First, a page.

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Coronary Intervention & Surgery


Hospitals ranked in the top 50 for cardiology and heart surgery by U.S. News and World Report appear no better at performing PCI than unranked hospitals, according to an analysis of more than 500,000 procedures performed at 654 hospitals.

PCI of chronic total occlusions (CTOs) can be safely performed by expert operators and provides significant benefit to patients with reduced left ventricular ejection fraction (LVEF) or diabetes, according to a series of studies published Nov. 13 in JACC: Cardiovascular Interventions.

Scaffold discontinuity, malapposition and neoatherosclerosis were found to be the leading mechanisms behind very late scaffold thrombosis (VLScT) in cardiac patients implanted with bioresorbable devices, investigators from the INVEST registry have reported.

Recent studies have shown robotic PCI to be a feasible way to treat coronary artery disease. But at the annual Transcatheter Cardiovascular Therapeutics (TCT) conference Oct. 30, Ryan D. Madder, MD, took the conversation a step further: Will it eventually be possible to perform “tele-stenting” over long distances?

Research presented Nov. 2 at the Transcatheter Cardiovascular Therapeutics scientific symposium in Denver demonstrates patients with stable coronary artery disease (CAD) and abnormal fractional flow reserve (FFR) derive better clinical outcomes with PCI at similar cost to medical therapy alone.


Recent Headlines

Researchers pinpoint how cells get damaged during cardiac surgeries

New findings on how cardiac muscle cells are damaged during surgery could point to emerging methods that will allow hearts to recover more quickly.

Transparency helps reduce inappropriate PCI rates

In early 2012, hospitals in New York received reports from the state on their inappropriate PCI rates. The state later published the rates in a medical journal and recommended that payers deny reimbursement for inappropriate PCIs in Medicaid patients.

Researchers will use stem cell therapy to grow heart muscle in new study

The U.S. Food and Drug Administration (FDA) has approved a new study that will test the efficacy of a stem cell technique used on children suffering from congenital heart disease.

PCI operators have significant variability in risk-standardized mortality rates

A registry analysis found there was significant variability in risk-standardized mortality rates among PCI operators who met minimum volume standards. The rates were not consistent on a yearly basis.

Merit Medical recalls device used to guide catheters, grafts into veins, arteries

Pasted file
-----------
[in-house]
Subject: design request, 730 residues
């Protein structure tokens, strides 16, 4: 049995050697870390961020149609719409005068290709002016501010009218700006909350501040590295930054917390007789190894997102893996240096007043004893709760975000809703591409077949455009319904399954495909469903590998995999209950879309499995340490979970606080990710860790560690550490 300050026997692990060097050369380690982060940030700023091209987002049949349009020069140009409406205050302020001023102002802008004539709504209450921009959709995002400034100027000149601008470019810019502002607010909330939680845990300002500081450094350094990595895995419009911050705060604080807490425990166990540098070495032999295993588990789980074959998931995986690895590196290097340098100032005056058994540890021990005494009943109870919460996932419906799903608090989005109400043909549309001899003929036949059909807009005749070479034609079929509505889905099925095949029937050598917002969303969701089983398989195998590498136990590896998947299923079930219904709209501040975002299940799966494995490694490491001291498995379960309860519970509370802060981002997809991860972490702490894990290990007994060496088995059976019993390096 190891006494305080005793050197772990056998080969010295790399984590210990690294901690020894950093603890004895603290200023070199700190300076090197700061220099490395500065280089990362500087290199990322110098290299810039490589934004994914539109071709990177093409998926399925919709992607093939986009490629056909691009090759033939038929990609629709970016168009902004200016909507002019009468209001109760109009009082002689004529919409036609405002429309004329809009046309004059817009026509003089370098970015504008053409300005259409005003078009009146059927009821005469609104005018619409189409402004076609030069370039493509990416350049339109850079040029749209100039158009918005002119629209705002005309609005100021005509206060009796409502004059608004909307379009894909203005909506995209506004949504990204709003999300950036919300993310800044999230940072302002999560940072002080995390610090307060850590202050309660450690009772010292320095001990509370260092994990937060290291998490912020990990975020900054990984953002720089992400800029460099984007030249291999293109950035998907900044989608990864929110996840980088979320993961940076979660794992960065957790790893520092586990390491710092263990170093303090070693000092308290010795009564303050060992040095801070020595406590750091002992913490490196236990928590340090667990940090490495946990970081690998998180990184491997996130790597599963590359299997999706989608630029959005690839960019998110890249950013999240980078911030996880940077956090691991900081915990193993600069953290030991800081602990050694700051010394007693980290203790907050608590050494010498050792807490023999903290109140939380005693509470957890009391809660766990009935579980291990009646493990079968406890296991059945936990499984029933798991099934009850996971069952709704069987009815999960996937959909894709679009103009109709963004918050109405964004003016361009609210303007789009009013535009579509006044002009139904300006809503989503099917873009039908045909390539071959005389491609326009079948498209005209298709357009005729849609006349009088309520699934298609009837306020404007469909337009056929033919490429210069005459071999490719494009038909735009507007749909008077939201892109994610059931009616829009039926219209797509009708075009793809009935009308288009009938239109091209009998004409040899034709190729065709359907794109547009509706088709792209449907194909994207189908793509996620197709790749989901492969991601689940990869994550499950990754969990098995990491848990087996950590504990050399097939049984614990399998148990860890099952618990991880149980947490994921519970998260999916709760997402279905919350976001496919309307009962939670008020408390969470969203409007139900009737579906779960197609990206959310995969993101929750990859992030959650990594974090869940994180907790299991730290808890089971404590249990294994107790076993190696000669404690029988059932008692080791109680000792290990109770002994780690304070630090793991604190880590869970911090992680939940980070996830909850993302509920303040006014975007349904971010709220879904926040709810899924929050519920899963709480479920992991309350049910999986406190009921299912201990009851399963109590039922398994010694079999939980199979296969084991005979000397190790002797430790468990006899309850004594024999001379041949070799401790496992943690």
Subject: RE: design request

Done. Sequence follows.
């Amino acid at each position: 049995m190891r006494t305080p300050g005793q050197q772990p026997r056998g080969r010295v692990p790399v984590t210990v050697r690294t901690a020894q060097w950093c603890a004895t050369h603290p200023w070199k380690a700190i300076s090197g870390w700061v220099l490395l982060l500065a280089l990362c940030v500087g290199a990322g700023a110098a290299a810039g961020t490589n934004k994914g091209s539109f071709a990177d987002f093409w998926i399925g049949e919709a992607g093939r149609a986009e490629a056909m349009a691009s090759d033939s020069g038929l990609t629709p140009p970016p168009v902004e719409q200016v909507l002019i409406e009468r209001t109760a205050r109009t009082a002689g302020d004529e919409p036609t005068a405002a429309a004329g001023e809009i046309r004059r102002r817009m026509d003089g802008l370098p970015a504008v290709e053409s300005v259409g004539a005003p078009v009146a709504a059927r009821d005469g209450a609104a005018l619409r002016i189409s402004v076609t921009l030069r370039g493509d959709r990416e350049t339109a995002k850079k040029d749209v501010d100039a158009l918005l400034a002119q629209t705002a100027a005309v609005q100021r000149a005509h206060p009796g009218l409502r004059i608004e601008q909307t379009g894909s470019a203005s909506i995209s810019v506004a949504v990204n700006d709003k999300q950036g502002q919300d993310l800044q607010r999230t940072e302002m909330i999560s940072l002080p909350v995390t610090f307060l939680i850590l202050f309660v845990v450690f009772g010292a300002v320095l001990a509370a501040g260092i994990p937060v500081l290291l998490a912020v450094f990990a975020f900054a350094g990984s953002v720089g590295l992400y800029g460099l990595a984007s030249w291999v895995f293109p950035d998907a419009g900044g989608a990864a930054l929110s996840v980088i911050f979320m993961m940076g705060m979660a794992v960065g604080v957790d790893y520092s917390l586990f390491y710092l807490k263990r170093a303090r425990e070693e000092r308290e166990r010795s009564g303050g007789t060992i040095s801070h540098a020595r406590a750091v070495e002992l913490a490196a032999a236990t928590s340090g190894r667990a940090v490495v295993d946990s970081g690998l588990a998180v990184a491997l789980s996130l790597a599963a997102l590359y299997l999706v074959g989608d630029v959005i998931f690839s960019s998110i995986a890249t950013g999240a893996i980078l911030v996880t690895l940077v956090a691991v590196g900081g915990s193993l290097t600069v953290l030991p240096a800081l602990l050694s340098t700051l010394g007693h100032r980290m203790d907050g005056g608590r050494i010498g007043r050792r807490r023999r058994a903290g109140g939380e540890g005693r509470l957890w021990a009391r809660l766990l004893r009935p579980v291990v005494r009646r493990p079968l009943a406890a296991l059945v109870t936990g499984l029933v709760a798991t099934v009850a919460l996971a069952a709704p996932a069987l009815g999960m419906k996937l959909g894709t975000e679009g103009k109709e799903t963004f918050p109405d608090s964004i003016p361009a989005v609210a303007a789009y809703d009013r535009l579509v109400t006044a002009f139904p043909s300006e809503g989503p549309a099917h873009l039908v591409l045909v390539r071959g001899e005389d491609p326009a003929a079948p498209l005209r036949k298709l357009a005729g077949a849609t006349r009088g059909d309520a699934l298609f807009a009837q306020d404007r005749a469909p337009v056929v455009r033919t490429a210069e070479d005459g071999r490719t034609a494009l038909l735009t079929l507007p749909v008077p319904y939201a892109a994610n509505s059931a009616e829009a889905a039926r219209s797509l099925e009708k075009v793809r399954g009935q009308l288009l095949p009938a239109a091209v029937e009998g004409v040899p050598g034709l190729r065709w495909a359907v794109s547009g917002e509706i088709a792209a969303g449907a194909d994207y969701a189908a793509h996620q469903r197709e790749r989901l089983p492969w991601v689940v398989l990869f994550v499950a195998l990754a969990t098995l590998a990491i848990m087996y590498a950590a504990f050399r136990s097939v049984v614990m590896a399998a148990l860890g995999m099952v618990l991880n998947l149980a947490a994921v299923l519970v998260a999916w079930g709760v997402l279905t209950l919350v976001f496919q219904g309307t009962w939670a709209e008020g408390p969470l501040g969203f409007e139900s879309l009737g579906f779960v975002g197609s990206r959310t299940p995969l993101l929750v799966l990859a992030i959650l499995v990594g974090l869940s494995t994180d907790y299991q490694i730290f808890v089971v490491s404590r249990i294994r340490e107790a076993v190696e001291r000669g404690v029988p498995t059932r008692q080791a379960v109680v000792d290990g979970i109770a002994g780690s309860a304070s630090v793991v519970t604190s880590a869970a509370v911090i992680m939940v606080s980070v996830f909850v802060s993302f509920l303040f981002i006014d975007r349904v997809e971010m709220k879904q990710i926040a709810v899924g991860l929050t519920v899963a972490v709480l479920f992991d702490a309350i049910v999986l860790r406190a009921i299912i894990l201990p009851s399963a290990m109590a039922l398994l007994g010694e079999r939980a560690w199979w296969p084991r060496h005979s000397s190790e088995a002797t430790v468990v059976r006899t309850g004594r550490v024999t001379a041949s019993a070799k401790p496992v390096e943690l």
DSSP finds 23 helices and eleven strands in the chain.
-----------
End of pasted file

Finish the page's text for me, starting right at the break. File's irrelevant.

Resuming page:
Merit Medical Systems recalled its Merit 7F Prelude short sheath introducer, which is used to guide the placement of catheters, grafts and other medical devices into the veins and arteries. It is also used during temporary hemodialysis.

ACC.17: LAAO at the time of cardiac surgery may reduce thromboembolism, mortality

Older adults with atrial fibrillation who underwent left atrial appendage occlusion (LAAO) at the time of cardiac surgery had an approximately 40 percent reduction in thromboembolism and a 15 percent reduction in all-cause mortality, according to a database analysis.

ACC.17: Levosimendan improves outcomes for heart surgery patients

Levosimendan, a drug used to prevent heart failure during heart surgery, was shown to not reduce adverse outcomes in patients at a high risk for low cardiac output syndrome in a new study debuted at the American College of Cardiology’s 66th Annual Scientific Session.

ACC.17: ABSORB III trial shows stent associated with increased risk of adverse outcomes

New results on Abbott Vascular’s Absorb everolimus-eluting bioresorbable vascular scaffold (BVS) were revealed at this year’s American College of Cardiology (ACC)’s Scientific Session, providing disappointing results for the stent that are consistent with a trend set by previous studies.

ACC.17: Cerebral embolic protection devices may not improve freedom from stroke, infarction

A randomized study found that using two FDA-approved cerebral embolic protection devices in patients undergoing surgical aortic valve replacement (SAVR) was not associated with an improvement in freedom from clinical or radiographic infarction or clinical stroke.

ACC.17: Revascularization strategies guided by FFR, iFR have similar adverse cardiac event rates

At 12 months, patients with stable angina or acute coronary syndrome had similar rates of major adverse cardiac events whether they underwent revascularization guided by instantaneous wave-free ratio (iFR) or fractional flow reserve (FFR), according to a randomized, registry-based trial.